The Buccaneers have an awful lot of dead money in former offensive linemen. Center Jeff Christy, who was released prior to the start of free agency this spring, will hit the Bucs for $1.6 million. Christy's backup, Todd Washington, who was also released in late February, will cost Tampa Bay $600,000. Right tackle Jerry Wunsch, who was released in training camp last year, will take up $1.32 million in 2003. Guard Russ Hochstein, who was released last fall, will hit the Bucs' cap for $36,833.
The rest of the Bucs' dead cap room comes from some of the team's 2002 draft picks who are no longer with the team, and a couple of undrafted free agents who also didn't make the 53-man roster last year. Defensive end John Stamper, Tampa Bay's fifth-round pick last spring, will have his $39,667 signing bonus hit the Bucs' cap this year. Seventh-round picks tight end Tracey Wistrom ($17,000), receiver Aaron Lockett ($16,334) and center Zach Quaccia ($16,000) will all tie up $49,334 in 2003 cap room.
FAB 3. Here's the lowdown on Keyshawn Johnson's restructured contract. The deal is essentially an $18.5 million deal over the next three seasons. Although Johnson is under contract for five more years, he is unlikely to see the $19.5 million he is scheduled to make in the final two years of his original contract and he knows it. Veterans rarely see the final years of their original deals, which are usually backloaded with big money.
Johnson was scheduled to earn $5 million this season -- $3 million in base salary and $2 million in the form of a roster bonus in mid-April. He offered to take half of that amount -- $2.5 million -- as a new signing bonus, which cleared approximately $2.5 million in cap room and allowed the Bucs to re-sign left tackle Roman Oben and sign free agent quarterback Jim Miller.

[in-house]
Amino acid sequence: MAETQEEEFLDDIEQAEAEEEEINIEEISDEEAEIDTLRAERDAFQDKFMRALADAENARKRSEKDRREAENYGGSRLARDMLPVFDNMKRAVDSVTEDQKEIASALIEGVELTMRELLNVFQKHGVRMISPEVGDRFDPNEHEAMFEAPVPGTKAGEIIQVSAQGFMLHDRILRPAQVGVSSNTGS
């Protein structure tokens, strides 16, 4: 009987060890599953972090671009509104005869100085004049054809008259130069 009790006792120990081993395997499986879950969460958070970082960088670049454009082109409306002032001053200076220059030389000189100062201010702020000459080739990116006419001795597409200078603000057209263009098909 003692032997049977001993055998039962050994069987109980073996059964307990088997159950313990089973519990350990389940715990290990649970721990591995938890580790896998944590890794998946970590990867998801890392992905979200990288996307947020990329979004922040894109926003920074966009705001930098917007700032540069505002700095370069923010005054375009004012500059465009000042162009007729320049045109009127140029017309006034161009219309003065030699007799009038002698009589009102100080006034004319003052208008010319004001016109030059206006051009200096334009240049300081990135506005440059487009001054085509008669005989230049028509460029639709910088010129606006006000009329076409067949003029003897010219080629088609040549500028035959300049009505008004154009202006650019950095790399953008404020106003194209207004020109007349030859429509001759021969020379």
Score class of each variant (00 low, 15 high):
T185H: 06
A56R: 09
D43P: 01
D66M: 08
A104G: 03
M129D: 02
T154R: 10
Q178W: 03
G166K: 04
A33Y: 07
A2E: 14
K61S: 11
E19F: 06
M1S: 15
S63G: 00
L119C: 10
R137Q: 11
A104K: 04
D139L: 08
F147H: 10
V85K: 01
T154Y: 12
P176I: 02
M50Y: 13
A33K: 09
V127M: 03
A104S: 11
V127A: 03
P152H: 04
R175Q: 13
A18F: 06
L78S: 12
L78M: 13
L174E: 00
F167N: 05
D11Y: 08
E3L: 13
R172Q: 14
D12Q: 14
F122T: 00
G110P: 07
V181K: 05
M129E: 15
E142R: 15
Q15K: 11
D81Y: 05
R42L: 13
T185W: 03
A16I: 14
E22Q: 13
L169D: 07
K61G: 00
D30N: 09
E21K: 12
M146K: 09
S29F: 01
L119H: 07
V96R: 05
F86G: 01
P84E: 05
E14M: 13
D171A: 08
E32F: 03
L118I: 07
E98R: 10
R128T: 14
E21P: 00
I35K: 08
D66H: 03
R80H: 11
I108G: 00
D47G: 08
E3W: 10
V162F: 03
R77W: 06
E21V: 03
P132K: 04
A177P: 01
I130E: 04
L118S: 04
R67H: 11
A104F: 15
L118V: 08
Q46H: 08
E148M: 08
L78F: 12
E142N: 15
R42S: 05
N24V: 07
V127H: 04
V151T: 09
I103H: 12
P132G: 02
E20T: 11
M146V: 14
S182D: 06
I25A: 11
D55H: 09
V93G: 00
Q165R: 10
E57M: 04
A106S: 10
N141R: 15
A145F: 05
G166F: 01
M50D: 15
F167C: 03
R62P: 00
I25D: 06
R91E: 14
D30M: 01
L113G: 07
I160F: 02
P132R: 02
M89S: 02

Before restructuring his contract, Johnson knew that he was vulnerable to being a salary cap casualty next season when his base salary jumps from $3 million in 2003 to $5 million with an additional $1 million roster bonus payable next April. Tampa Bay could have been in position to cut Johnson next year or trade him without taking a heavy cap hit.
Johnson's 2003 cap value was reduced from $6.857 million to around $4 million. However, his cap value for the 2004 season skyrockets to over $9 million because of the restructuring, and basically guarantees that he'll see the $5 million this year (salary and signing bonus), the $6 million he is set to receive in 2004, and the $7.5 million he is on schedule for in 2005. To cut Johnson or trade him next year would cost the Bucs about $8 million and they would be without the services of a Pro Bowl-caliber receiver.
Johnson, who will be 31 in July, has said that he only wanted to play 10 years in the NFL and 2005 will be his 10th and final year, unless he changes his mind.
This restructuring was the ultimate win-win. The Bucs won because they freed up $2.5 million in cap room to sign other players, and Johnson won because he's basically locked onto Tampa Bay's roster for at least three more seasons. No more trade rumors for him to fret over and no more worrying if he'll be the Bucs' latest cap casualty -- at least until 2005.
FAB 4. Enough salary cap talk. Let's focus once again on the NFL Draft. The Buccaneers appear to be set at defensive end with starters Simeon Rice and Greg Spires, and young, key reserves Ellis Wyms, Corey Smith and Ron Warner. But that won't stop Tampa Bay from selecting a defensive end in the upcoming draft if the right player becomes available in the right round.
Because of their defensive scheme that features frequent substitutions along the D-line, the Bucs can never get enough quality linemen. The team has expressed some interest in Texas Tech's Aaron Hunt, South Florida's Shurron Pierson and Cincinnati's Antwan Peek. Peek and Pierson, who had outstanding workouts following productive college careers, are viewed by many teams to be better fits as outside linebackers in a 3-4 scheme, but the Bucs won't hesitate to take speedy, undersized pass rushers. Tampa Bay also feels like Peek could play strongside linebacker in their system with some work.